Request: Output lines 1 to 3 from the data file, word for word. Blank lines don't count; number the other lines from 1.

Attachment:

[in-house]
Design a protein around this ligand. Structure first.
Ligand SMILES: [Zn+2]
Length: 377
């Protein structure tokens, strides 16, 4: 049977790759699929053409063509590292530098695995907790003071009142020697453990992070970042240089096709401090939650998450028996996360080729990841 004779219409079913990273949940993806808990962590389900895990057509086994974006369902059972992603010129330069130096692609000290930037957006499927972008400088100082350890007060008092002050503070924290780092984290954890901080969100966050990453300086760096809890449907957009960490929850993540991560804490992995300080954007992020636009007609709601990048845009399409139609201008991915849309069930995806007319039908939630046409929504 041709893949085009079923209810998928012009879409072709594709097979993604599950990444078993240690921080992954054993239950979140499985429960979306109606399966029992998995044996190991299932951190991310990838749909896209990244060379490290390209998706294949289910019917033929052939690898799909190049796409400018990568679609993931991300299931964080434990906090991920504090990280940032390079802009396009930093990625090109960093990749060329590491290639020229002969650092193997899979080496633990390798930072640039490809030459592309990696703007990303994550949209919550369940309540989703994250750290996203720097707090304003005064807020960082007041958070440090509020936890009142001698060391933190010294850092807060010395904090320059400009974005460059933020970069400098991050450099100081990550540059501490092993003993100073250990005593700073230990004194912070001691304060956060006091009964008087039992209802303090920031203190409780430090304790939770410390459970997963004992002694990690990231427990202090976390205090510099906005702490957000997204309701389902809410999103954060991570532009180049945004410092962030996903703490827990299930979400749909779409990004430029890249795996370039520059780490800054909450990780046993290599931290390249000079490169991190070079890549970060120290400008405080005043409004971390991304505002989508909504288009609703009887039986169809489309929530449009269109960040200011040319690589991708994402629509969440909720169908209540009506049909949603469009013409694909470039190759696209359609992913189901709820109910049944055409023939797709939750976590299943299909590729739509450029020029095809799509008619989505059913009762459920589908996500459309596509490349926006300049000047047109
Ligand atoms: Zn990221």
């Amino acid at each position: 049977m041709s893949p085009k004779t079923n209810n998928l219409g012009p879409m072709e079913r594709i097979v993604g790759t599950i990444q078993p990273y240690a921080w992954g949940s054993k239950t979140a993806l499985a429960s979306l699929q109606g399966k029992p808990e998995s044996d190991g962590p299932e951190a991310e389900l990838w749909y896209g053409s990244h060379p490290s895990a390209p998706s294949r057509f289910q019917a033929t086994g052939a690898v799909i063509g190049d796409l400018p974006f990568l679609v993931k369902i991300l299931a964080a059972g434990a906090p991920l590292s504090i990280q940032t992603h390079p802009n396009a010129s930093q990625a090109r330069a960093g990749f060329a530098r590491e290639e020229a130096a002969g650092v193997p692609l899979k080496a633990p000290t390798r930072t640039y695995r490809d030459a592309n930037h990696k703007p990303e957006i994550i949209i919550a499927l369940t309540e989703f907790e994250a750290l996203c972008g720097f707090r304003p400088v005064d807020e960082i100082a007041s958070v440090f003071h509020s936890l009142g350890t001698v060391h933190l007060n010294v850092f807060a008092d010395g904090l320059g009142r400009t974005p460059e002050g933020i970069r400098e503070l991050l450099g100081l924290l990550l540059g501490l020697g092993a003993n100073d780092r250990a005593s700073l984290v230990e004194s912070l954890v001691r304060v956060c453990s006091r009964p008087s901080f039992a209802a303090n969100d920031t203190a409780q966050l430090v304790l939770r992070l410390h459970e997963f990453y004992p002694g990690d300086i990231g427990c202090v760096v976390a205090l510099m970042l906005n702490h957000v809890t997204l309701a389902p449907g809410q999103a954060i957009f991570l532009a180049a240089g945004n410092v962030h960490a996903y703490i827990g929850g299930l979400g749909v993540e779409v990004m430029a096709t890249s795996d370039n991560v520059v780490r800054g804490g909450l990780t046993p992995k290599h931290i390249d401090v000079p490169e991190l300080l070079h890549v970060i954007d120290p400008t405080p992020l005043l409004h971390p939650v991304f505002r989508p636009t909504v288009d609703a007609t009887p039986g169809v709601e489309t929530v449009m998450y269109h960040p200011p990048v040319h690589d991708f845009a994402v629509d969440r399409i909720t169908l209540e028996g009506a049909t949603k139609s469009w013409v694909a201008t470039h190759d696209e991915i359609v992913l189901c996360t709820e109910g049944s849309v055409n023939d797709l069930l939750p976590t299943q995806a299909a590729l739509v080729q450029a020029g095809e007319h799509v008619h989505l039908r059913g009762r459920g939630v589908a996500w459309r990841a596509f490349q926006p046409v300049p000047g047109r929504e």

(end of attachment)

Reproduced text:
[in-house]
Design a protein around this ligand. Structure first.
Ligand SMILES: [Zn+2]